October 3, 2023

Obligate Law

Professional Law Makers

How To Detect And Prevent Fraud

4 min read


• The greatest challenge facing the banking industry globally today is fraud.
• The banking industry loses billions of dollars annually to fraudulent activities.
• Some of the frauds are executed successfully by outsiders while a reasonable number is successfully perpetuated with the connivance of an insider/staff.
• Anyone can perpetuate a fraud.


Below are some false assumptions about fraud:

1. Most people will not commit fraud.
Response: A vast majority of people, under certain circumstances, will commit fraud especially if they are convinced that it will go undetected. Therefore everyone should be assumed to have a tendency to commit fraud.

2. Fraud is not material.
Response: Fraud is very material and it is capable of eroding the working capital of any organization which consequently results to illiquidity and insolvency.

3. Most fraud goes undetected.
Response: Most frauds are detected over time especially if due process and procedure is followed.

4. Fraud can be well concealed and the auditor can’t detect it.

Response: There is usually a loop hole that will eventually come to the open. With a sound internal control procedure, such fraud will eventually be detected.

A well trained auditor can easily detect a fraud following properly designed audit program.

5. Those who are caught and prosecuted are not wise.
Response: The staff with fraudulent intentions think that those caught are not smart and the mindset of a first-time fraudster is either: I’m just going to do it once or, I’m too smart to get caught.


Common types of fraud in banking include the following:

1. Cheque substitution
2. Cheque Suppression
3. Cheque cloning
4. Cheque kitting
5. Cheque alteration
6. Teeming and lading
7. Claiming unearned overtime allowance
8. Dry posting
9. Accumulating charges due from unauthorized and unofficial long duration phone calls
10. Overstating claims for reimbursement
11. Deposit suppression
12. Adding fictitious names to the payroll
13. Overcharging customers
14. Removing money directly from vault, till box, petty cash etc
15. Obtaining payments for false invoices either self-prepared or obtained supplier or vendor (e.g. Hotel, air ticket etc).


• Growing complexity in the structure of an organization
• Increasing speed of transaction dynamics
• Improved technological advancement which aid the ease with which transactions are concluded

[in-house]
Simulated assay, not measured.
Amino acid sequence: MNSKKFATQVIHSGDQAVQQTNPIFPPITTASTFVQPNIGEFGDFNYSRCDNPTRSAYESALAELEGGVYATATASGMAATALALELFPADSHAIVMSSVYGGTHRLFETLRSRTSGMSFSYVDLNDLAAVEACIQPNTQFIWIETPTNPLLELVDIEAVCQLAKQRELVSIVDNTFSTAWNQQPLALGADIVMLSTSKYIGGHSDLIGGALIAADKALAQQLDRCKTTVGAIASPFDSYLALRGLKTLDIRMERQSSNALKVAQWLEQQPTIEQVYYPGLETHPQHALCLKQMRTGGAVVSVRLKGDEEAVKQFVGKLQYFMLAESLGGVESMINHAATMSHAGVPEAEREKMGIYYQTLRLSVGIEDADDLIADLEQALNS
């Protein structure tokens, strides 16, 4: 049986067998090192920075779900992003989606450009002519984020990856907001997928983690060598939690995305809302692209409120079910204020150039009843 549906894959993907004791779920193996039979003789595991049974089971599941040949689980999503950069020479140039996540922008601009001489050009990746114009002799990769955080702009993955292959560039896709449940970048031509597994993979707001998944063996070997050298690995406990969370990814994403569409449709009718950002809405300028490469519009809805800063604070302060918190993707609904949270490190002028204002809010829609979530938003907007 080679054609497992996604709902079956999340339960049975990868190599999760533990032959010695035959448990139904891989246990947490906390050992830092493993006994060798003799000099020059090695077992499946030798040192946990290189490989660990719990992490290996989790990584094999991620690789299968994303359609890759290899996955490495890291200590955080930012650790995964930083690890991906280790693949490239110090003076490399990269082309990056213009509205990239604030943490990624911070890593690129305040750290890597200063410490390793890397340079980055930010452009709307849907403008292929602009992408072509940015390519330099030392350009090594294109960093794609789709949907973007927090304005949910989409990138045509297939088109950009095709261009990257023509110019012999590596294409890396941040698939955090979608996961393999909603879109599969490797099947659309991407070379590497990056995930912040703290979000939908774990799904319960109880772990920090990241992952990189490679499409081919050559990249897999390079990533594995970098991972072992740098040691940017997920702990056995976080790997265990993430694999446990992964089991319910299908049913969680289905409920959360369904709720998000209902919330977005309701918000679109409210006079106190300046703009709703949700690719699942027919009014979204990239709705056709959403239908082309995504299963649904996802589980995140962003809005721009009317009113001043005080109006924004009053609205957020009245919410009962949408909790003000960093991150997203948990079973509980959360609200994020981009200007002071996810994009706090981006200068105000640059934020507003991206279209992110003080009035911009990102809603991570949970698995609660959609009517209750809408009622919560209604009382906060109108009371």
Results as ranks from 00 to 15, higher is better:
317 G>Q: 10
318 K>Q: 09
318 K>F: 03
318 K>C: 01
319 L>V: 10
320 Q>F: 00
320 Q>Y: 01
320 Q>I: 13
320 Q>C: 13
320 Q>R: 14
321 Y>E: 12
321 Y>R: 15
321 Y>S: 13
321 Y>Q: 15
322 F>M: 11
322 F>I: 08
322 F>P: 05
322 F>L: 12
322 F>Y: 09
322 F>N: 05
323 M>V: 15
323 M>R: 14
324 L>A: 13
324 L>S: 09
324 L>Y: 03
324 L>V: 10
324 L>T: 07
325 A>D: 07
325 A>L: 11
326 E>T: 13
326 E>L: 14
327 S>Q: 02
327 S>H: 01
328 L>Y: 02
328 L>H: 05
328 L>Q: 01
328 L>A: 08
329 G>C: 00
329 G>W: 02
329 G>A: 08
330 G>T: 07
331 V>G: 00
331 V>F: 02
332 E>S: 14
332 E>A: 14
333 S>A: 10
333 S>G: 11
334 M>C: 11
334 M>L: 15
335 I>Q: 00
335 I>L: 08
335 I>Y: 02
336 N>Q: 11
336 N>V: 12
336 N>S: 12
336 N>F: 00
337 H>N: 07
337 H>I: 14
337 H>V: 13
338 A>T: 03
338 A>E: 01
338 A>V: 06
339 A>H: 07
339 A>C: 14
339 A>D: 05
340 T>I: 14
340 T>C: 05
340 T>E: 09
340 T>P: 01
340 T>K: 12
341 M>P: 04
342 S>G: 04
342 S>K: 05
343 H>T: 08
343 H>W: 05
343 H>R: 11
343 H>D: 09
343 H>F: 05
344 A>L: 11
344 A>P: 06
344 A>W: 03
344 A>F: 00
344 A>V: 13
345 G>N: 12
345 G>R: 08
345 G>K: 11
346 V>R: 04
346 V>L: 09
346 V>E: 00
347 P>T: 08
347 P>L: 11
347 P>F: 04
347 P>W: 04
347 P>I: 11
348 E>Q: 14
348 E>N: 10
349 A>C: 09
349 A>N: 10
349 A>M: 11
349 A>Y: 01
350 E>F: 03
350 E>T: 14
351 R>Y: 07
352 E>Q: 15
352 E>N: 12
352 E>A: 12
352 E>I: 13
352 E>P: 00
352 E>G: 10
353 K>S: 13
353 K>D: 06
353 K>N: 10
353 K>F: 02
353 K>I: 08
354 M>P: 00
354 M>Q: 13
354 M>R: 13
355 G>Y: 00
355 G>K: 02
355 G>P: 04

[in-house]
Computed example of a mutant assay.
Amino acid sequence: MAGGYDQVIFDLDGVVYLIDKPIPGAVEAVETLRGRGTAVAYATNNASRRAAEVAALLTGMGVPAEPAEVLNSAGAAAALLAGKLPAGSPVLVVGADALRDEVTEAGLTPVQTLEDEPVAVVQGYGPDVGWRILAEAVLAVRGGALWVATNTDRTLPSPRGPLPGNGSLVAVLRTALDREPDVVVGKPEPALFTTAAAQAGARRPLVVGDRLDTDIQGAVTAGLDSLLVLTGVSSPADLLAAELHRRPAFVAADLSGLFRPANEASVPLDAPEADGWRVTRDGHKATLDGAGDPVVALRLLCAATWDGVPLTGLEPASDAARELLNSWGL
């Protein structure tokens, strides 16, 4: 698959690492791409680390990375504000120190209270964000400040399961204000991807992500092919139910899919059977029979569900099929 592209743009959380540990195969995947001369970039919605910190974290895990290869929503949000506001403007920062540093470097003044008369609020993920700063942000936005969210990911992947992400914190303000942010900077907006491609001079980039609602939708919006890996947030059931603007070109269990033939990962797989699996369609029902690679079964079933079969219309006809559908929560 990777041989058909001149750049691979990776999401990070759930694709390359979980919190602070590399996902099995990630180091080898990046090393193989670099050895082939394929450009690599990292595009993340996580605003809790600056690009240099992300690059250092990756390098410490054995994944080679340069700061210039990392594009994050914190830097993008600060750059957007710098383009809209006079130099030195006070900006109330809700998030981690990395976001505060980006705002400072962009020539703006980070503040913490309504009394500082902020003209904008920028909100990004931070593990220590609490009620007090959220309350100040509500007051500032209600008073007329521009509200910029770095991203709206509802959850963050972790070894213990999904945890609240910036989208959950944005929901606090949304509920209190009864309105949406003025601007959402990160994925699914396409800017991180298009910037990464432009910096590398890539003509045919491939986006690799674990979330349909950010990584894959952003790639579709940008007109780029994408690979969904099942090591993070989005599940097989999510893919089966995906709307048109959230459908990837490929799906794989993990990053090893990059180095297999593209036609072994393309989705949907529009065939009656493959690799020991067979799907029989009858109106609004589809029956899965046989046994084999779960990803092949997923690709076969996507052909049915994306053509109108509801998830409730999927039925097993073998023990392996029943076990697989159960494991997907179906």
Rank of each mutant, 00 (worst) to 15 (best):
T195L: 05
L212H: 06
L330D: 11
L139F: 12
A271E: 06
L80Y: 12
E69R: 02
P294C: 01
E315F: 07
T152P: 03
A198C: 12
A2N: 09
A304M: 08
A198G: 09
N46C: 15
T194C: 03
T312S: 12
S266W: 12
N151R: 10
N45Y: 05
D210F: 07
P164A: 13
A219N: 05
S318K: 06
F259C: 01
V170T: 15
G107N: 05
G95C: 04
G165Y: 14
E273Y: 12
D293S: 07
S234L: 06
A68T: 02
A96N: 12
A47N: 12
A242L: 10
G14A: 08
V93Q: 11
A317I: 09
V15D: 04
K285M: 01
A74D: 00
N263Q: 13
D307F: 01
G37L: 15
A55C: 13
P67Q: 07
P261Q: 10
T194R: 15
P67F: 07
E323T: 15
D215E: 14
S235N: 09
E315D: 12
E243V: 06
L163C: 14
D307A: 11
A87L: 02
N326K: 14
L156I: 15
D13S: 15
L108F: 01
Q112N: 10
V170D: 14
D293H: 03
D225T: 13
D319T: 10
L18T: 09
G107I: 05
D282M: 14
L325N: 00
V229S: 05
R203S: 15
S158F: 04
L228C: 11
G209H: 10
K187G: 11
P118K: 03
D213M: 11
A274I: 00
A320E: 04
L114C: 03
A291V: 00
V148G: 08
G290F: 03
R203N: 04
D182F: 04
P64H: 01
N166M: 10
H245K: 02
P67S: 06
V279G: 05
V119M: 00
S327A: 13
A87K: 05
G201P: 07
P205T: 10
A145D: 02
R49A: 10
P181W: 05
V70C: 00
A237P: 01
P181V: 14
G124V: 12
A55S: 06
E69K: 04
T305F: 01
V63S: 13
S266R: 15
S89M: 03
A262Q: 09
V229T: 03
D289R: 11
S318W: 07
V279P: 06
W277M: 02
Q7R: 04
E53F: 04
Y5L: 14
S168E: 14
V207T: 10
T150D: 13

• History of inattention of supervisors
• Understaffing which could cause a breakdown of dual control
• Acceptance of some level of fraud as ‘cost of doing business’.
• Outdated and ineffective control measures that do not meet acceptable global standard.
• Increase in staff turnover which technically could lead to understaffing
• Aggressive accounting entries all in the bid to post profit.


The following are characteristics of a fraudulent staff which should put supervisors and associates on guard:

1. An employee who regularly borrows small amounts of cash from other colleagues
2. An employee who asks to “hold” his or her personal cheque before negotiating it
3. A staff who frequently closes late and does not go on vacation.
4. Low or inadequate salary levels employees
5. Employees who show resentment at not being treated fairly or being taken advantage of
6. Superiors who lack respect and appreciation for employees
7. Highly domineering senior management
8. Employees who appear to be living, and spending above their means
9. Split purchases
10. Bid process irregularities
11. Same bidders time and time again
12. Payment of invoices from a copy rather than an original
13. Unusual sequence of numbers on vendor invoices


Fraud has far reaching effect on the organization and the society at large.

• Fraud can deplete the working capital of any organization which will culminate ultimately to distress.
• Disengagement of staff and the associated social hazards to the staff and his dependant.
• Loss of confidence of customers, suppliers, creditors, contractors and shareholders on the organization and the industry.


1. Assume everyone can commit fraud under the right circumstances.
2. Use your knowledge of internal control to “think dirty” and then check out your suspicions.
3. Remember that good documentation does not mean something happened; only that someone said it happened.
4. Pay attention to documents themselves and the supporting paperwork, observing the consistency of numbers, dates amount.
5. Consider the reasonableness of account balances and accounting entries, especially adjustments
6. Develop relationships and pay attention to hints or rumors of wrongdoing. Follow up. Remember that people are often torn between their moral standards and their reluctance to get involved. They seldom tell all they know in the first interview.
7. Check out hunches; first impressions are often right.
8. Be inquisitive; don’t easily accept explanations, especially if you don’t understand them.
9. Use statistical sampling to force you to look at items you would not generally otherwise examine
10. Look for patterns of unusual transactions. (If you’re surprised, it’s unusual!)


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